Delhi Township’s home values and population continue to rise thanks to the reputation of Holt’s Public Schools and the great recreation options that are available in the area. According to U.S. Census data, Delhi Township increased its house occupancy by 19 percent from 2000 to 2010. That was the biggest change of any township in Ingham County during that time span. Not only does the population continue to go up, but the median value of owner-occupied housing units is higher in Holt than the state as a whole, according to Census data from 2010 to 2014. “Its location, schools and then the amenities like trails are a big draw,” said C.J. Davis, Delhi Township Supervisor.

Are taxes too high? Depends upon whom you ask

By Jalen Smith
Holt Journal Staff Reporter

Delhi Township has been known to have a high tax rate, however with data and reasoning, taxes does not seem to be as high as what it’s perceived to be. Compared to other townships, school districts and cities Delhi township appears to be lower than those of Lansing Township and even East Lansing, who is ranked number one. That’s not how taxes make some Delhi-area residents feel, however. “The taxes are really high in the city and it’s got me thinking of making a change and move out of the city,” said Holt resident Lamar Nox. “Taxes are a bit higher than other cities, but I will say that it’s not as bad as other cities.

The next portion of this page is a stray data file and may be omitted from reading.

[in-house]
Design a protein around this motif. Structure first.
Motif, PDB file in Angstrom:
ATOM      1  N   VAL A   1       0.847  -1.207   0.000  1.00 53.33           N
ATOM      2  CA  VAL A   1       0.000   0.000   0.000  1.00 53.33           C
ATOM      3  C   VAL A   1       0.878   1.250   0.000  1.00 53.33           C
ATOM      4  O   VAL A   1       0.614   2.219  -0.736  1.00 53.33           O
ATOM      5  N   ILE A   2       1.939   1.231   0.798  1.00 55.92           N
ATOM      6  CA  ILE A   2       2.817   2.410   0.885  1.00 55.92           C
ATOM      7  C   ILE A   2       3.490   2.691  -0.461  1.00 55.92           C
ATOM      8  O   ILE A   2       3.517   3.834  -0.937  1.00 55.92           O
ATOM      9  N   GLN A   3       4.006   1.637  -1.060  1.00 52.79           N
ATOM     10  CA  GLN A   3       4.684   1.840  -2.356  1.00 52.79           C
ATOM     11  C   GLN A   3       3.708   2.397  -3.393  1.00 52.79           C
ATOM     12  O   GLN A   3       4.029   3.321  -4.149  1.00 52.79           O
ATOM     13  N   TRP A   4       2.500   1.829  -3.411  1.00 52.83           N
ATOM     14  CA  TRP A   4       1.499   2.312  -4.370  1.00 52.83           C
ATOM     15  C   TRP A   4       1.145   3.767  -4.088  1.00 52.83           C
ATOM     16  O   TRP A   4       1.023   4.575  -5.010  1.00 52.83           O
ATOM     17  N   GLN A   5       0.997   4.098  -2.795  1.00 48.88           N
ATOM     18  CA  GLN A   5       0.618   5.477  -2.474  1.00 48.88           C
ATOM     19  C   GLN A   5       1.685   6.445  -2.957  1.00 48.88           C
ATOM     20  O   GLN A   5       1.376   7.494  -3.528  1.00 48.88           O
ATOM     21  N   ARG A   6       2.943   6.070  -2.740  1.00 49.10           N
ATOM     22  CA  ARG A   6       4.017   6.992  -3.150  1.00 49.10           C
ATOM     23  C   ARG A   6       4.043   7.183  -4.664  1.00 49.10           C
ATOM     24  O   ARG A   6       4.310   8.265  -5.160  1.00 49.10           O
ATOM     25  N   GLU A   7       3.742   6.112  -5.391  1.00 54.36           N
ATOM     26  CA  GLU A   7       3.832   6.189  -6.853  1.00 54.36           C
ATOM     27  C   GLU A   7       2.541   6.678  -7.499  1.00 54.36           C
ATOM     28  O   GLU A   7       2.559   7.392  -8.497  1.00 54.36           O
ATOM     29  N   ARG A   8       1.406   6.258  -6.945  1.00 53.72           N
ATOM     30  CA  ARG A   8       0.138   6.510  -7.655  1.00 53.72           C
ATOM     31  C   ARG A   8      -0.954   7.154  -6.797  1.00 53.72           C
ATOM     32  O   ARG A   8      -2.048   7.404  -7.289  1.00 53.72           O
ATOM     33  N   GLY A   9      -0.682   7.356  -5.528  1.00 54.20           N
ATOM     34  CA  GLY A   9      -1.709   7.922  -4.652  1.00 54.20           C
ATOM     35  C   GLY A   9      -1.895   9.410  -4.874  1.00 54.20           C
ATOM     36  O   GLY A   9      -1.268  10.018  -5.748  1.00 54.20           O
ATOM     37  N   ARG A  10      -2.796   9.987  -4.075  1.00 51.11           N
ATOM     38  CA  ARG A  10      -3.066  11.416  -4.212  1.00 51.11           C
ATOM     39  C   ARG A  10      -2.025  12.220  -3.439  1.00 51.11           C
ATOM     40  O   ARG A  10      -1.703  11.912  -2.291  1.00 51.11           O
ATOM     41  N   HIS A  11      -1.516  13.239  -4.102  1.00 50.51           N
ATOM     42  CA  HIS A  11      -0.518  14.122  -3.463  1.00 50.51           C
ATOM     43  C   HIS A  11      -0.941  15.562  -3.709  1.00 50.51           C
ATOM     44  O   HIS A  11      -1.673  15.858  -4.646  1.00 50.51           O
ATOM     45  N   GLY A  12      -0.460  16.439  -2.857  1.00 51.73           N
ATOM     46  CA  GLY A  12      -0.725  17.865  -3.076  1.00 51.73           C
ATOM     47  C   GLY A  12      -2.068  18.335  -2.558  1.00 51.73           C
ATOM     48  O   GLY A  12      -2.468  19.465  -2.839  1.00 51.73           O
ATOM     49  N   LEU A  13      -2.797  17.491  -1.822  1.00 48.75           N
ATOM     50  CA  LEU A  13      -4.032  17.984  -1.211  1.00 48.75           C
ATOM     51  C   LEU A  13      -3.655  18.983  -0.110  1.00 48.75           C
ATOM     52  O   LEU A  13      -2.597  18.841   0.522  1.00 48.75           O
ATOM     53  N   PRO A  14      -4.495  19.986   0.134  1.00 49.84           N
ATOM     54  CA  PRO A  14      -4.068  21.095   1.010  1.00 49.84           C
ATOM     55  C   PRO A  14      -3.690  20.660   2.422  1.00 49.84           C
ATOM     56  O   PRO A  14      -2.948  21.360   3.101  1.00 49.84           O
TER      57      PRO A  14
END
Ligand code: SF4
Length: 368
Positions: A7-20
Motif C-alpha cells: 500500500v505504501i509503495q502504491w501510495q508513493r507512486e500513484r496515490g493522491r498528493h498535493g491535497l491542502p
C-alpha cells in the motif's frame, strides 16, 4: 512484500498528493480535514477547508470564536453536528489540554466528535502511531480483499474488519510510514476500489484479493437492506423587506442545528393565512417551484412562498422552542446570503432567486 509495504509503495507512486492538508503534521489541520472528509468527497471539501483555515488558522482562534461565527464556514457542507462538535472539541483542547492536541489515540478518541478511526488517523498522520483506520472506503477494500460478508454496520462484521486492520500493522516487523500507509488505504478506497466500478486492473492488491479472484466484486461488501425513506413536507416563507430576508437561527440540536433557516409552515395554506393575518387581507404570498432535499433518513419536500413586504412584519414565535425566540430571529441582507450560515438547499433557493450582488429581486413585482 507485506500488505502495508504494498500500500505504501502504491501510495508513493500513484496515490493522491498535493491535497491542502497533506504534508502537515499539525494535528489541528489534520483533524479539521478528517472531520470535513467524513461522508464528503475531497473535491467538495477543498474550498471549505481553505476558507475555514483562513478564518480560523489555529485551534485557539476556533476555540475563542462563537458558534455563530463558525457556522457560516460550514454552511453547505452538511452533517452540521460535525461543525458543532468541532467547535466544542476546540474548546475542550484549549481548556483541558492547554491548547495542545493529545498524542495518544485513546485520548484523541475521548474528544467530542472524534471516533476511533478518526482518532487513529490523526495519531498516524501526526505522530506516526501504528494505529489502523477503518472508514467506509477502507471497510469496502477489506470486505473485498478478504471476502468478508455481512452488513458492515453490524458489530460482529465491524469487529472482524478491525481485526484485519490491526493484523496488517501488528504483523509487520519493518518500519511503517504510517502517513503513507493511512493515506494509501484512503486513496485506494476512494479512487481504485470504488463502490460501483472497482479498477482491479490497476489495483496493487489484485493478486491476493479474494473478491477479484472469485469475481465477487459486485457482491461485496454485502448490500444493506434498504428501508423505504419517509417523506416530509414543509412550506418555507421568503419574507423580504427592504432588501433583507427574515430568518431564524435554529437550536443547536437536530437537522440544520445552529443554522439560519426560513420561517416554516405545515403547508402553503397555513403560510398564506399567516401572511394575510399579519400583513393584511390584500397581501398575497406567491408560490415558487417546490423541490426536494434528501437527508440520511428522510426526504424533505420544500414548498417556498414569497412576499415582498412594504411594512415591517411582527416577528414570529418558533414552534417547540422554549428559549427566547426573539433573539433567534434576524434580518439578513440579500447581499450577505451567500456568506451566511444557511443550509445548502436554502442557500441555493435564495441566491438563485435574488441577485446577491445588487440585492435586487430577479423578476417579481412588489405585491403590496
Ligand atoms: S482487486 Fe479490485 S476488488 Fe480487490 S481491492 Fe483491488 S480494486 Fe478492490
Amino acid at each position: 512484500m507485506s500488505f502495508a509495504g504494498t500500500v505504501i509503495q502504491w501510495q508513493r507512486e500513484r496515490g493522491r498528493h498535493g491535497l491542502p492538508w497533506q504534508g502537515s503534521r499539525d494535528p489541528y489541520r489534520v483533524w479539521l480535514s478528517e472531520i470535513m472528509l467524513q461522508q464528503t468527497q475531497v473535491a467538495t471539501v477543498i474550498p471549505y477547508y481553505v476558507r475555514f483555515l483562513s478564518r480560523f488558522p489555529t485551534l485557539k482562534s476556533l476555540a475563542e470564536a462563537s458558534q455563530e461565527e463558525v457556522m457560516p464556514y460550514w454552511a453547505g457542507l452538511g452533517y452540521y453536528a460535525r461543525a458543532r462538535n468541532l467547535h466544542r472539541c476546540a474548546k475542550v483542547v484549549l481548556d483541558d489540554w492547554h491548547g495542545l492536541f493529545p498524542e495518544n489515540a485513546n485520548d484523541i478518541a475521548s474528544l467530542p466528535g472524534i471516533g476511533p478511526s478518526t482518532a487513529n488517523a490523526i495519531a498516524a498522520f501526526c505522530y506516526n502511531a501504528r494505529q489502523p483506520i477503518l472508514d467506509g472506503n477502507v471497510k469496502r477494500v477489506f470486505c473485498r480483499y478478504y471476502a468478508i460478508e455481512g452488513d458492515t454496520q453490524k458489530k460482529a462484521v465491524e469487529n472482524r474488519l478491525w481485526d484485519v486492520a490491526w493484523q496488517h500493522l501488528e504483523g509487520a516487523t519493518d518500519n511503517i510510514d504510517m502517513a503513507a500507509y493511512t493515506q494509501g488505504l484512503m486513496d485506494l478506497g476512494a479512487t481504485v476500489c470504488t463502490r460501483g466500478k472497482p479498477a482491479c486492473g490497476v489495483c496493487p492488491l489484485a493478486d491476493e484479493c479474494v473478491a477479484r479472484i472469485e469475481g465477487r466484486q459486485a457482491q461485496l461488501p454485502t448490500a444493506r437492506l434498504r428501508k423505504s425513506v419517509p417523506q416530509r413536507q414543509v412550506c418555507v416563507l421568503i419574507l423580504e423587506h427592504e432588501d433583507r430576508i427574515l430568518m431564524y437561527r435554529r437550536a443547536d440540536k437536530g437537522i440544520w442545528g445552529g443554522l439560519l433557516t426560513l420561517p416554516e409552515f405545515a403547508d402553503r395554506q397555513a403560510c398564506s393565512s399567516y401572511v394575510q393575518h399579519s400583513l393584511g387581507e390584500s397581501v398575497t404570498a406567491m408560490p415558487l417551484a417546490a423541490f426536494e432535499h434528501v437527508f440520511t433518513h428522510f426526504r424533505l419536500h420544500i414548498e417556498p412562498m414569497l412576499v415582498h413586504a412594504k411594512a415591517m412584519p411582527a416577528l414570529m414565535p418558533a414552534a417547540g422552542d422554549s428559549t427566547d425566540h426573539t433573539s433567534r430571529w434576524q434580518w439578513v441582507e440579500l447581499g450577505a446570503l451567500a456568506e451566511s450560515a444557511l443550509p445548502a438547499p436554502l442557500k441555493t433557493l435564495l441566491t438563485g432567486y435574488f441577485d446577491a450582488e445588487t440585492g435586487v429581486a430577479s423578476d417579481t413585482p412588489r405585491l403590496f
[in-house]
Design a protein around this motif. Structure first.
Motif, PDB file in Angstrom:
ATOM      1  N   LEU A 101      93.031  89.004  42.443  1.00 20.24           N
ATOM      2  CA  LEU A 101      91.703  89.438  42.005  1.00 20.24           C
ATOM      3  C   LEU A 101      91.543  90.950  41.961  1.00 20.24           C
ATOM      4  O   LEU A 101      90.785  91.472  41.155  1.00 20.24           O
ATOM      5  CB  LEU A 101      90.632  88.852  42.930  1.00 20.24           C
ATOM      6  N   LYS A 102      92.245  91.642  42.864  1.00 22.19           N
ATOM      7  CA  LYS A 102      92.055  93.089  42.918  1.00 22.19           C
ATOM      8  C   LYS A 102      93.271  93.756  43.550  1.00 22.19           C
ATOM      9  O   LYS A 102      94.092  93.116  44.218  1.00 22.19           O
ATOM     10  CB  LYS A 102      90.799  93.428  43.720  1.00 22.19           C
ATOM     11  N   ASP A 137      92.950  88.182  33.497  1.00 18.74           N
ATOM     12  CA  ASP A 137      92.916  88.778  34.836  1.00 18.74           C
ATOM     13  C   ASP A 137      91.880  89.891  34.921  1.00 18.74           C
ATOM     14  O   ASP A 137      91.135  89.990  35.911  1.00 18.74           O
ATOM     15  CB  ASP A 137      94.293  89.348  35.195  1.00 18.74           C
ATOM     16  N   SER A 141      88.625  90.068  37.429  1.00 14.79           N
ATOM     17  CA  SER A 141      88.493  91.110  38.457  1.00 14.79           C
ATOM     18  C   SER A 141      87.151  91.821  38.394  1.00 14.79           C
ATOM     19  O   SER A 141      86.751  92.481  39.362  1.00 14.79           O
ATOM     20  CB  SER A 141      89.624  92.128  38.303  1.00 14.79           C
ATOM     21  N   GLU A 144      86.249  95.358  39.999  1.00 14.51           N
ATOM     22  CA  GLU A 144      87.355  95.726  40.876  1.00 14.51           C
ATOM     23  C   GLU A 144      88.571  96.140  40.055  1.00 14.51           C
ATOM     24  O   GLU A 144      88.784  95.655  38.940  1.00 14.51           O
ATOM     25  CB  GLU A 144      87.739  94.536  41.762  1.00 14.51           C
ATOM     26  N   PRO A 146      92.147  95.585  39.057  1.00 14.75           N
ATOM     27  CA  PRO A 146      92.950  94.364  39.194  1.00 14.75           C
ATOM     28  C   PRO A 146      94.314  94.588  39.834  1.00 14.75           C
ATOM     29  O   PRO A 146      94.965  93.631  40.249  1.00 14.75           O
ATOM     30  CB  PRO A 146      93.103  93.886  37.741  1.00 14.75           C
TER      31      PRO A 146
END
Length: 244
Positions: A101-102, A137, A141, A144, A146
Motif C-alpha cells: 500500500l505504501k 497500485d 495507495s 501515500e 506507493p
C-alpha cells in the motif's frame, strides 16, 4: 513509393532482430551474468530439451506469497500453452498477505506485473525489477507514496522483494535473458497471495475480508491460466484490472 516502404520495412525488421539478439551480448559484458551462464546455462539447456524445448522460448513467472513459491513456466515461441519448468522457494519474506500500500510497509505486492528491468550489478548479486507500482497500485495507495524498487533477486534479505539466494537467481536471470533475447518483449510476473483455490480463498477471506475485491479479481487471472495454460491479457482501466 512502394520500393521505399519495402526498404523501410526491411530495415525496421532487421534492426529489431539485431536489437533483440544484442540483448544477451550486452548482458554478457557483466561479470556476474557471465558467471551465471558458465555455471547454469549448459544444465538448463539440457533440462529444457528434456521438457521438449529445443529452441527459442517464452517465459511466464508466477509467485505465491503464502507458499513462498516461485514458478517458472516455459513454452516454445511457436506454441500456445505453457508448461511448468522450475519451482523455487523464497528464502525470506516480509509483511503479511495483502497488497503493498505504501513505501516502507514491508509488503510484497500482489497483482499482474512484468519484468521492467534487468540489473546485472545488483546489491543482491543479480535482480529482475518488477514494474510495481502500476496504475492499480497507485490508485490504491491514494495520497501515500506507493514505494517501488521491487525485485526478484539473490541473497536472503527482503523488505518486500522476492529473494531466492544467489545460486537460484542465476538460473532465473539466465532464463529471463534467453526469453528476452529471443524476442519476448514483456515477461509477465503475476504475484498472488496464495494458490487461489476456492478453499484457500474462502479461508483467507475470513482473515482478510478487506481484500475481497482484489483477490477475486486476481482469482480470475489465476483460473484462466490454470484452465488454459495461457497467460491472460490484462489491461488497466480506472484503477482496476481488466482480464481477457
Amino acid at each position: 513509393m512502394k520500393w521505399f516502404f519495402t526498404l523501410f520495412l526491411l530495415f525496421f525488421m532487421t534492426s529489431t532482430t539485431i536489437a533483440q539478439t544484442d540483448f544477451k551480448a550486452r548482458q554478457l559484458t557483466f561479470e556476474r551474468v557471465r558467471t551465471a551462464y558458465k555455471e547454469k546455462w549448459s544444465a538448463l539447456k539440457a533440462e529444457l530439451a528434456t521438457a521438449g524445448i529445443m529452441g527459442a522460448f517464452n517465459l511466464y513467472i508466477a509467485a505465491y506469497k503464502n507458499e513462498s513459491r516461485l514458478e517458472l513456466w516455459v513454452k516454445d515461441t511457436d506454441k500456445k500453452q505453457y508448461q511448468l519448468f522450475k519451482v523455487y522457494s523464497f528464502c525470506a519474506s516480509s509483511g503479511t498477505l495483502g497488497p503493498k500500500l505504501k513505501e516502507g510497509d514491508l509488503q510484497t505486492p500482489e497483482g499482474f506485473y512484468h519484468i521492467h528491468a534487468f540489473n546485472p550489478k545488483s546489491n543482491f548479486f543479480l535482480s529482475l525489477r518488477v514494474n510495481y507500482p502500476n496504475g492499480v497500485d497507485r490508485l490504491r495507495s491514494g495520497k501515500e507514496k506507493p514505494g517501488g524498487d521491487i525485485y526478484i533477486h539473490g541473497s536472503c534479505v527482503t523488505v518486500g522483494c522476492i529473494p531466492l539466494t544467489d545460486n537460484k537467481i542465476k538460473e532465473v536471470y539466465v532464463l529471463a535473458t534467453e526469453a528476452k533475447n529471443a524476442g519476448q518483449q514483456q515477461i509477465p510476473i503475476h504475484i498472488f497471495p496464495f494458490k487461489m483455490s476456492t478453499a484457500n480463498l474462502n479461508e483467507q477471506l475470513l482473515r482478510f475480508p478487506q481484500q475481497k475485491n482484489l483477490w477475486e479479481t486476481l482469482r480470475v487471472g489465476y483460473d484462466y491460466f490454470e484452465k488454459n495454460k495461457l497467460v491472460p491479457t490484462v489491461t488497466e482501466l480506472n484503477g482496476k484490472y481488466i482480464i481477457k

Delhi Parks and Recreation made for children of all income

By Roya Burton
Holt Journal Staff Reporter

Delhi Parks and Recreation programs continues offer not only various seasonal sports and activities to children of all skill levels, but opportunities for children of different household incomes. Recreation Coordinator Tim Tilma knows just how important it is for any child to be able to participate in local recreation programs.

“We welcome children and families of all incomes a waived fee. We want everyone to get the opportunity to get out there and experience different sports and activities; the affordable prices benefit everyone,” said Tilma. The recreational fee is just $25 per child, however families with multiple children or families who may not be able to afford it, the fee is waived. While in the age of iPads and iPhones, parks and recreation programs are more crucial than ever. According to The State of Obesity 14.7 percent of 10- to 17-year-olds and 13.2 percent of two- to four-year-olds from low-income families are obese in the state of Michigan.